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Lake Bemidji Pond Hockey Classic: Puck to drop for weekend competitions

On Wednesday, Henry Knoblauch, right, and his crew of volunteers set up boards for this weekend's Lake Bemidji Pond Hockey Classic. Thirty teams have pre-registered for the two day 4-on-4 pond hockey tournament. One team is coming from California. Eight rinks were constructed. Each rink is larger than last year. Pioneer Photo/Monte Draper

The boards are up, the ice is shaved and the flooding of rinks will begin today.

The second Lake Bemidji Pond Hockey Classic is ready to get under way on the ice near the Hampton Inn & Suites.

"The biggest thing is we are having it," said David Cermak, volunteer ice expert.

He said Bemidji lost the National Long Track Marathons planned for Lake Bemidji's east side because a February thaw caused poor surface conditions. The weather has since cooled down making the Pond Hockey possible.

Cermak's job is to keep a watchful eye on the ice. He will begin camping out in a fish house near the rinks today. He said the accommodation is more deluxe than some shacks. It has bunks and TV.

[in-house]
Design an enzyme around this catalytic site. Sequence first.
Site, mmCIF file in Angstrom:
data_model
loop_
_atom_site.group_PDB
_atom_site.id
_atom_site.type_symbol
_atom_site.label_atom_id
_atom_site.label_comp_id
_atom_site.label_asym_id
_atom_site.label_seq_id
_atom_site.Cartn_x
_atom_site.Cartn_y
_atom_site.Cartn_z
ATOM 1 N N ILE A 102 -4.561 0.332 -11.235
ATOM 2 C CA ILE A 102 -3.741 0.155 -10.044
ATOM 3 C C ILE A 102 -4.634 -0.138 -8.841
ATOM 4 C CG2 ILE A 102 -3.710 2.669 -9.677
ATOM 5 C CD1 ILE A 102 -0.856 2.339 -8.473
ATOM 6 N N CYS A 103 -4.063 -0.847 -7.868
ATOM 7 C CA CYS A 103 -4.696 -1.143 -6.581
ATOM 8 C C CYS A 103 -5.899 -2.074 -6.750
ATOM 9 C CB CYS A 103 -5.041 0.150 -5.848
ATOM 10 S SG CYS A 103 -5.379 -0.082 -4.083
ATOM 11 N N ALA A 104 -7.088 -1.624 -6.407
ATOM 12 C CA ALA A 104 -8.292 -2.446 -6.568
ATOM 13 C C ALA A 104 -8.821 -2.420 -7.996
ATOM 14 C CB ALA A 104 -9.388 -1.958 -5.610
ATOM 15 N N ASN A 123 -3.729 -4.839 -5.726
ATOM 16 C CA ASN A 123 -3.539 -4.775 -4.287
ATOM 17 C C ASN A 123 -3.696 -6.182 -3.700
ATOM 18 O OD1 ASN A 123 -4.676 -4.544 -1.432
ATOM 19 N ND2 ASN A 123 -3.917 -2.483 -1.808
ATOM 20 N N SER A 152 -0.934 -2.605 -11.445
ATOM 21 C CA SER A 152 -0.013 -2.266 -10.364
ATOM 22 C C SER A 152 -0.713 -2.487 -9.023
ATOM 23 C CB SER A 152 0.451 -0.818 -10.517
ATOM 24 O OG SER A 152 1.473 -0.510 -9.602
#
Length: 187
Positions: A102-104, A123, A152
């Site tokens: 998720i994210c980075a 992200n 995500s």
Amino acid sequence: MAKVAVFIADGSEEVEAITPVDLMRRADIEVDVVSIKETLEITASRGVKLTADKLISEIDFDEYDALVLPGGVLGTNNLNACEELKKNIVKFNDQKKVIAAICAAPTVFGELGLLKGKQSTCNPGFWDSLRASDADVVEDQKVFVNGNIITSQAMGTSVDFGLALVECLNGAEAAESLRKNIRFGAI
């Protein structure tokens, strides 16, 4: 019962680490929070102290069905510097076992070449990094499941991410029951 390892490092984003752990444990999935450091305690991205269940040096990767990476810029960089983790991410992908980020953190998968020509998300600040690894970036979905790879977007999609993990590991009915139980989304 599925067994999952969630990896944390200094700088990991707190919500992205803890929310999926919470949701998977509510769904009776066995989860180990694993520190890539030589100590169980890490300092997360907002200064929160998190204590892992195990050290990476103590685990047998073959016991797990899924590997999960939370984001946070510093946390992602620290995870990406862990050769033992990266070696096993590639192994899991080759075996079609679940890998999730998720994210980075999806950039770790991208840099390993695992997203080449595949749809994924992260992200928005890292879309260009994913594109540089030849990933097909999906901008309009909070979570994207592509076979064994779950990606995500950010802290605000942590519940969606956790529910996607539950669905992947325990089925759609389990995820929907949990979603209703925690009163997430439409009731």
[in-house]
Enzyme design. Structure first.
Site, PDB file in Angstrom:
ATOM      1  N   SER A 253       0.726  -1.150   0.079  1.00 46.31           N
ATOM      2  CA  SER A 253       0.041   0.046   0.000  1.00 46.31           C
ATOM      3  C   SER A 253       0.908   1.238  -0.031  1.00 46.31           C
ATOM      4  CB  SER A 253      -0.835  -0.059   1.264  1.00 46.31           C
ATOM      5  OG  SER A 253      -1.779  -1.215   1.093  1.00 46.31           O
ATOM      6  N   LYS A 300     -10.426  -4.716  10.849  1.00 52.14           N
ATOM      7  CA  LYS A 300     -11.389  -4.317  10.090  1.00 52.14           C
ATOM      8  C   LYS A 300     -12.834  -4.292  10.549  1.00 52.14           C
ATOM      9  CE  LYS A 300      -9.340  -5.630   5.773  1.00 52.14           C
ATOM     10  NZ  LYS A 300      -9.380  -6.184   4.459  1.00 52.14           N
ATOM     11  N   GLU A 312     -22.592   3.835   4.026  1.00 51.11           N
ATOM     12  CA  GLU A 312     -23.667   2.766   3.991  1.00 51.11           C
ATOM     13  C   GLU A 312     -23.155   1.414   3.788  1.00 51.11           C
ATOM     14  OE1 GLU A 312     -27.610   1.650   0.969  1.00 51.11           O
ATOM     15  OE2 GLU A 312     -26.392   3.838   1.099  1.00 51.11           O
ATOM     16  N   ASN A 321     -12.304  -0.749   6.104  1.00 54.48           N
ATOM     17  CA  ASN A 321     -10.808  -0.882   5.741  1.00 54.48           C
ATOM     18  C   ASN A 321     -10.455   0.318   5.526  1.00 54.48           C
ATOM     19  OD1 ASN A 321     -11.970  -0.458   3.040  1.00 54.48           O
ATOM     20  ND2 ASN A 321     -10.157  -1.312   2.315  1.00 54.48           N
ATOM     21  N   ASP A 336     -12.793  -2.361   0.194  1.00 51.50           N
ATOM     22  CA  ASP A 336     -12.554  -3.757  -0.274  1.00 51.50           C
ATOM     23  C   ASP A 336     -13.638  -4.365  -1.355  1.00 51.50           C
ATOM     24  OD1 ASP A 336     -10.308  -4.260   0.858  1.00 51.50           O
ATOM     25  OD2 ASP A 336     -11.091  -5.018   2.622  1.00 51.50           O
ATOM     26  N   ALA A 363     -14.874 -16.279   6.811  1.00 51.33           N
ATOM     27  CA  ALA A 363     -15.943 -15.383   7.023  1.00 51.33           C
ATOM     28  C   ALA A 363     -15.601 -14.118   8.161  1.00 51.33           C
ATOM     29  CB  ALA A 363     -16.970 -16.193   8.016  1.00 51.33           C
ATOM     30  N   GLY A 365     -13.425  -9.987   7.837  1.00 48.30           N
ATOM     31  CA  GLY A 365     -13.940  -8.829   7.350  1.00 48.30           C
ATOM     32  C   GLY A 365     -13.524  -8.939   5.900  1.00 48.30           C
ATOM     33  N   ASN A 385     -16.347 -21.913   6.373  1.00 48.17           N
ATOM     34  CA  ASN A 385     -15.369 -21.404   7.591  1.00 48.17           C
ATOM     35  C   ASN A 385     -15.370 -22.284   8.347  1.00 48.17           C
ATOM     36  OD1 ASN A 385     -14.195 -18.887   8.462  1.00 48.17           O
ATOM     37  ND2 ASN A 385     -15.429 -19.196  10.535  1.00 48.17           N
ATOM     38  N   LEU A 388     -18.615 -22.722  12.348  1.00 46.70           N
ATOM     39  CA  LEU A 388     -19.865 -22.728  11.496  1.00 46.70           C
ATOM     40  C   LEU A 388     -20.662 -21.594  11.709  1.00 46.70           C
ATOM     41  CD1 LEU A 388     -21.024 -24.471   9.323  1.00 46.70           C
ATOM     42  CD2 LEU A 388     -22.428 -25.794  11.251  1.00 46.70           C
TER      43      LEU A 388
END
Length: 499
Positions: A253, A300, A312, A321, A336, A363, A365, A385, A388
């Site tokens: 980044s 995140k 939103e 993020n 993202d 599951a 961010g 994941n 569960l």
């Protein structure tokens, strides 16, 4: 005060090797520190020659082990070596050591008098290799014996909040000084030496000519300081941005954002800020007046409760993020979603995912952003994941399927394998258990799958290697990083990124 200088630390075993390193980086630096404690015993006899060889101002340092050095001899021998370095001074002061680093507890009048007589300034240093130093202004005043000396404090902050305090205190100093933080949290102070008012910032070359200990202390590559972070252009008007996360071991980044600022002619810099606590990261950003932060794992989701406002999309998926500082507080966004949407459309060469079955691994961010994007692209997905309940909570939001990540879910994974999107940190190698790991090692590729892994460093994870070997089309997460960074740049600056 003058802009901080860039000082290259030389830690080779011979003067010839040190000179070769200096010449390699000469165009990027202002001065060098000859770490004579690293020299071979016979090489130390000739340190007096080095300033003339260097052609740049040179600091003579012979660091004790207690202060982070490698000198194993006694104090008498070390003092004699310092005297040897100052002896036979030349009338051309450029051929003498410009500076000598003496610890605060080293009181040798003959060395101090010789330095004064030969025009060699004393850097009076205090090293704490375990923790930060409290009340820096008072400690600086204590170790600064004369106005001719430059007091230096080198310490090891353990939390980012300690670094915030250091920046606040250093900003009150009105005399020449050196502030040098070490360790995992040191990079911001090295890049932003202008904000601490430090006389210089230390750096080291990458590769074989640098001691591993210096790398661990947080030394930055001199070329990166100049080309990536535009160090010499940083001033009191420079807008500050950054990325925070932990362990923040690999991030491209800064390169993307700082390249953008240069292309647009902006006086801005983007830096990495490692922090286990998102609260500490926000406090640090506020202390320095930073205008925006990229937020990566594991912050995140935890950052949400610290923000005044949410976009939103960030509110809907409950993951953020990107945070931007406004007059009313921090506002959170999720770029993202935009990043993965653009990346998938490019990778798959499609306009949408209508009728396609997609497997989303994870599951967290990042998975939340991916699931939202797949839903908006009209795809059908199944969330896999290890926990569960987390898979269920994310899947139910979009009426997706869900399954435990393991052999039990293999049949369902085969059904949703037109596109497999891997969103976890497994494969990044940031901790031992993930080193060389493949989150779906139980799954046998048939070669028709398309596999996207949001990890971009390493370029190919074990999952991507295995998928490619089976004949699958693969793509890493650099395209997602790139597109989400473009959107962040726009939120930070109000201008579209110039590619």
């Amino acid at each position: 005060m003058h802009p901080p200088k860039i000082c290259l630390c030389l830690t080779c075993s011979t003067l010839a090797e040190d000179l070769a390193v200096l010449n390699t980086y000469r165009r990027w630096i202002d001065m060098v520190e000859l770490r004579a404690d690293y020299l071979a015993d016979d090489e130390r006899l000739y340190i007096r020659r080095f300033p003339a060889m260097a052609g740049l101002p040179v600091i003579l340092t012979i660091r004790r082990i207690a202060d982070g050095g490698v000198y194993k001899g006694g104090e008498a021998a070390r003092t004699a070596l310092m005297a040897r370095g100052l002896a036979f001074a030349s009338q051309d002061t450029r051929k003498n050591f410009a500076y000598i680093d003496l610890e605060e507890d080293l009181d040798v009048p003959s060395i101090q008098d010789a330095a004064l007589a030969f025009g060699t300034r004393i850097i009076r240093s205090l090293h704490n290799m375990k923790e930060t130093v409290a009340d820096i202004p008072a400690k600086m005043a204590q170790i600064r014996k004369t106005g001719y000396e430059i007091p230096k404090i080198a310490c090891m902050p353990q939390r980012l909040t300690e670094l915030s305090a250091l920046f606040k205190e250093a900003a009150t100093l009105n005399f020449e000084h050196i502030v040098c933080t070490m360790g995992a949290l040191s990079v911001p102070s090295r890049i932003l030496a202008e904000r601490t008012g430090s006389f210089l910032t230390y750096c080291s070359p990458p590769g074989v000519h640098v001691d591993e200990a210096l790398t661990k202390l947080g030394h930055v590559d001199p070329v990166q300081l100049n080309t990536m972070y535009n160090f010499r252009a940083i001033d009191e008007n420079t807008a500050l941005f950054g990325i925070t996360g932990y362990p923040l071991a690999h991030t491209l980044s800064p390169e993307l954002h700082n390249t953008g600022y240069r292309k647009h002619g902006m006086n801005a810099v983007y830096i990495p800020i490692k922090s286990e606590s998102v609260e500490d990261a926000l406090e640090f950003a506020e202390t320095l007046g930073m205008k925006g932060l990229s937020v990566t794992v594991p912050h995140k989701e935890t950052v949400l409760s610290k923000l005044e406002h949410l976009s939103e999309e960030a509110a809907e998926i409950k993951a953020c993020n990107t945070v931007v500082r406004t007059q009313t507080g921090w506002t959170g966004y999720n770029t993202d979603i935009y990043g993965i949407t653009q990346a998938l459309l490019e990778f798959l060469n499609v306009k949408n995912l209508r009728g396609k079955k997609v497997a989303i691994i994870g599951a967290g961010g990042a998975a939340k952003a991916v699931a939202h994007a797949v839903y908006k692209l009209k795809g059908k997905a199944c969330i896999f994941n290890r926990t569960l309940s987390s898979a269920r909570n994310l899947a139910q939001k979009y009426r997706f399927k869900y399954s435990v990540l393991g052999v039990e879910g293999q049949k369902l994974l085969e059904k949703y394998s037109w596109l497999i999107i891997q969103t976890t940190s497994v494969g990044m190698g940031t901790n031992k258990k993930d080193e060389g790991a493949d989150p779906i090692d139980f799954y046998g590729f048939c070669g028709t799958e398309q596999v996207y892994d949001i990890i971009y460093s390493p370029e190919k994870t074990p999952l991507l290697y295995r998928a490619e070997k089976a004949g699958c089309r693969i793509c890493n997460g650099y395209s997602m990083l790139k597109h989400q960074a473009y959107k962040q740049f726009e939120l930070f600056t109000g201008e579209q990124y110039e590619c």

"It's pretty nice," he said. "It's not like a tent."

He said the ice for the tournament has to be built up in layers to make the skating smooth.

The schedule for the weekend will begin at 6 p.m. Friday with team check-ins, speakers and a social at the Hampton. Team registration will continue through Friday night. About 30 teams are expected, said Brett Leach, Pond Hockey volunteer. The entry fee is $350 per team.

At 9 a.m. Saturday, the puck will drop and play will begin. Derek Leach, Pond Hockey volunteer with his brother, Brett, said he expects Saturday's competition to continue until about 5 p.m.

At 8 p.m. Saturday, organizers will light a huge bonfire on the ice, and at 8:30 the fireworks will start. From 9 p.m. to midnight there will be live music by Rize, a Twin Cities band, in the main tent.

The single elimination play will begin at 9 a.m. Sunday. There will be a $500 prize for teams in each bracket.

The organizers have cleared several parking lots on the ice, which they said is safe for driving at 3 feet thick. They also encourage anyone interested to volunteer for score relay, parking direction, post-play ice clean-up and other chores.

"There are plenty of jobs," Brett said. "No experience needed."